A Few Lessons Before Class Starts
By Michelle Singletary
Sunday, June 6, 2004; Page F01
Sending your child off to college this fall?
Well, make sure you heed the words of Moser Claus, a British academic, who said: "Education costs money, but then so does ignorance."
The fact is that many graduating high school seniors will go off to college without the skills they need to cope with a wide variety of personal finance issues such as budgeting and handling credit, warns Consumers for Responsible Credit Solutions, a national consumer advocacy group.
That lack of knowledge could result in serious financial problems for many of these young adults.
So, if you haven't had a money talk with your college-bound child, I've got a book to help start the conversation.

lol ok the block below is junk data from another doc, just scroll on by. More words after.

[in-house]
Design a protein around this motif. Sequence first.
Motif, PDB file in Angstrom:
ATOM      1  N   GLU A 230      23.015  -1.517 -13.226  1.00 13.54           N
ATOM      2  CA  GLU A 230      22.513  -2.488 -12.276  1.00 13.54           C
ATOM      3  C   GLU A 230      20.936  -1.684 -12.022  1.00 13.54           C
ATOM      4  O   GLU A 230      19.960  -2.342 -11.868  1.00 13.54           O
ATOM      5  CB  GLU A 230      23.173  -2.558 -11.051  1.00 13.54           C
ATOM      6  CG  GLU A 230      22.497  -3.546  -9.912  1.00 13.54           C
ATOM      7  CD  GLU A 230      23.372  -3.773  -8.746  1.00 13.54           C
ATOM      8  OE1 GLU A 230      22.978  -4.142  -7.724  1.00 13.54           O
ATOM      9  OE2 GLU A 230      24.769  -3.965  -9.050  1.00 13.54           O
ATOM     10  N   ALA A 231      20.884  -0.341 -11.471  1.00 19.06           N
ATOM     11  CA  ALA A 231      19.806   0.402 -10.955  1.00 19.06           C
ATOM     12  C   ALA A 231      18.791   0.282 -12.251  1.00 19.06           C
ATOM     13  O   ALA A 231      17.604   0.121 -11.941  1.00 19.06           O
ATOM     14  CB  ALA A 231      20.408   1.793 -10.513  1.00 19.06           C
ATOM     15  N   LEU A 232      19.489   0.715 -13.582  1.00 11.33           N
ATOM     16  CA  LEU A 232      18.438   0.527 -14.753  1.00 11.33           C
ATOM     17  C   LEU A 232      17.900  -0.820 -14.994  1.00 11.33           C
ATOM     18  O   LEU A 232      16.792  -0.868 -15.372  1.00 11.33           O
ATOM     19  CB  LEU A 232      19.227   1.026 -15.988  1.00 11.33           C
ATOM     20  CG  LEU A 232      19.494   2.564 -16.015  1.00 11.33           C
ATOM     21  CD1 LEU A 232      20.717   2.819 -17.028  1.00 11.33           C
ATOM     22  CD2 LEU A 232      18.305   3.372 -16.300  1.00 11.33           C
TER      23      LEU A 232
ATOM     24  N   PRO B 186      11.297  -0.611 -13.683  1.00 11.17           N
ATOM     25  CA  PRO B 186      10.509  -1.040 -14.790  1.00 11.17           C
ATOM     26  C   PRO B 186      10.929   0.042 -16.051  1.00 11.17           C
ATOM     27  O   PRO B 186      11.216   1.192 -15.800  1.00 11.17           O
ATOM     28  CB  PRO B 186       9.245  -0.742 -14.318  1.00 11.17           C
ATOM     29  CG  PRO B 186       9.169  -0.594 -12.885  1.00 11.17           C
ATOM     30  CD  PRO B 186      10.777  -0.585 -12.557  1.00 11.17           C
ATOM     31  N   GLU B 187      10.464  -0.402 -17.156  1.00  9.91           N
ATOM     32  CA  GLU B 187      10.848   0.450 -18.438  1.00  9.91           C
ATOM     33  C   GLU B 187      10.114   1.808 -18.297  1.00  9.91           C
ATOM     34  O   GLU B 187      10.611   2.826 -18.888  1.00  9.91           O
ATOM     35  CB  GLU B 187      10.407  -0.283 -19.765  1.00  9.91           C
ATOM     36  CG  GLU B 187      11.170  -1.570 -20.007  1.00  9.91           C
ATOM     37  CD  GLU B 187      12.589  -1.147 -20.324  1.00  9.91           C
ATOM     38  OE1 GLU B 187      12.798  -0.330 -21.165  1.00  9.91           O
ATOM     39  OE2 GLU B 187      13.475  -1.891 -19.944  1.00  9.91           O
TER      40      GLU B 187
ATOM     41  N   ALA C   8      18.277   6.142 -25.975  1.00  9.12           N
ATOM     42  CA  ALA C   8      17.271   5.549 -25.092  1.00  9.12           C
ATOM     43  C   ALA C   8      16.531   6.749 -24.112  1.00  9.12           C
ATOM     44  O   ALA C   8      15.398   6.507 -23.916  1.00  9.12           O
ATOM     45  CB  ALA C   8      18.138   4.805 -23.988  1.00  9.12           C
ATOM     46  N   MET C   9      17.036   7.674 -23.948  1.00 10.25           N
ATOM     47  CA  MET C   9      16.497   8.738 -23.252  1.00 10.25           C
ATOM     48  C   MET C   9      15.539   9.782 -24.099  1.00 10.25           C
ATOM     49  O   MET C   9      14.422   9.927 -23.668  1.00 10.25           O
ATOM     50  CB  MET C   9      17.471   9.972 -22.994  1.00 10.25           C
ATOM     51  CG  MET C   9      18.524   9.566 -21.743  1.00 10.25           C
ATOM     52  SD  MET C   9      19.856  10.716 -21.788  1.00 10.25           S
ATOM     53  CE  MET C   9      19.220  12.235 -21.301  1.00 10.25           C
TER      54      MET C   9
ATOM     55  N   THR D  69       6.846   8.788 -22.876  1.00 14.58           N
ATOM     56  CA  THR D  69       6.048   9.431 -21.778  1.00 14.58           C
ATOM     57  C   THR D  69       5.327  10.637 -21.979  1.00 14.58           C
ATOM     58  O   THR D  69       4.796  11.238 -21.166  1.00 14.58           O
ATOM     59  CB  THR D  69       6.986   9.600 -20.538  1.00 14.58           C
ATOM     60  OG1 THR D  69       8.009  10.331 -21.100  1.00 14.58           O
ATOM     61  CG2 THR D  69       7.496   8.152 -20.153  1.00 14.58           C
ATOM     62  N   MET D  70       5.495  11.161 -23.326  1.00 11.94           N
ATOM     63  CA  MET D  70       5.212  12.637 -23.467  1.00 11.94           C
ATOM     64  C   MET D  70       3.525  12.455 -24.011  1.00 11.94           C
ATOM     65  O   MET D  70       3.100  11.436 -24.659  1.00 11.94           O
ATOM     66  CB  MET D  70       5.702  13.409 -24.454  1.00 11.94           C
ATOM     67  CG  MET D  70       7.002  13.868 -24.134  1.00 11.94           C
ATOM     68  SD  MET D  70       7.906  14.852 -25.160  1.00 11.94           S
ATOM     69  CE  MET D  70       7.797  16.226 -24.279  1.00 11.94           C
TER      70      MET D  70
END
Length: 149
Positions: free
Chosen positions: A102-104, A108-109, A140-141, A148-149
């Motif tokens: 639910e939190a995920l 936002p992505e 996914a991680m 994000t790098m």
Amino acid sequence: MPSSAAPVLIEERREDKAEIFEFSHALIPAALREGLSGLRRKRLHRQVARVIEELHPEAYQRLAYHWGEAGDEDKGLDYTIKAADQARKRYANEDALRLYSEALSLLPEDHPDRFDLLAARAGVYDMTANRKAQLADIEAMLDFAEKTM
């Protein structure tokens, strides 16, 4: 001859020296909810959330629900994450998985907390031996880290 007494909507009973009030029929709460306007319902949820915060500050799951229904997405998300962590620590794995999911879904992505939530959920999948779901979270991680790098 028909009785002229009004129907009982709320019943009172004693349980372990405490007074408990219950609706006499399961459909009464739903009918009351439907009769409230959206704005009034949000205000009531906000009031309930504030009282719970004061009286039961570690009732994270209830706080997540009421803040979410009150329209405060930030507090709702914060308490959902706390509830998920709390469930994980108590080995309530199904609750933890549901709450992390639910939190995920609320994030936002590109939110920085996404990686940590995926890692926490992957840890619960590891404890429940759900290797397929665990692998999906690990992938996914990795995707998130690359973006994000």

For June's Color of Money Book Club, I've selected "Getting Through College Without Going Broke" (Natavi Guides, $8.95).
The book was written by students for students and published by a company founded by two recent college graduates. The primary author was Theresa Fives, a linguistics major at Cornell University who graduated this year. Fives got help with the book from Holly Popowski, who graduated from New York University with a major in philosophy in 2003.
This paperback guide is quite different from the usual impenetrable books on the subject, written by experts who haven't been in college since "groovy, man" was, well, groovy.
"Getting Through College Without Going Broke" is a quick and easy read that covers some basic money-management issues all college students will face, perhaps for the first time.
This book reminds me of the mantra "Each one, teach one."
© 2004 The Washington Post Company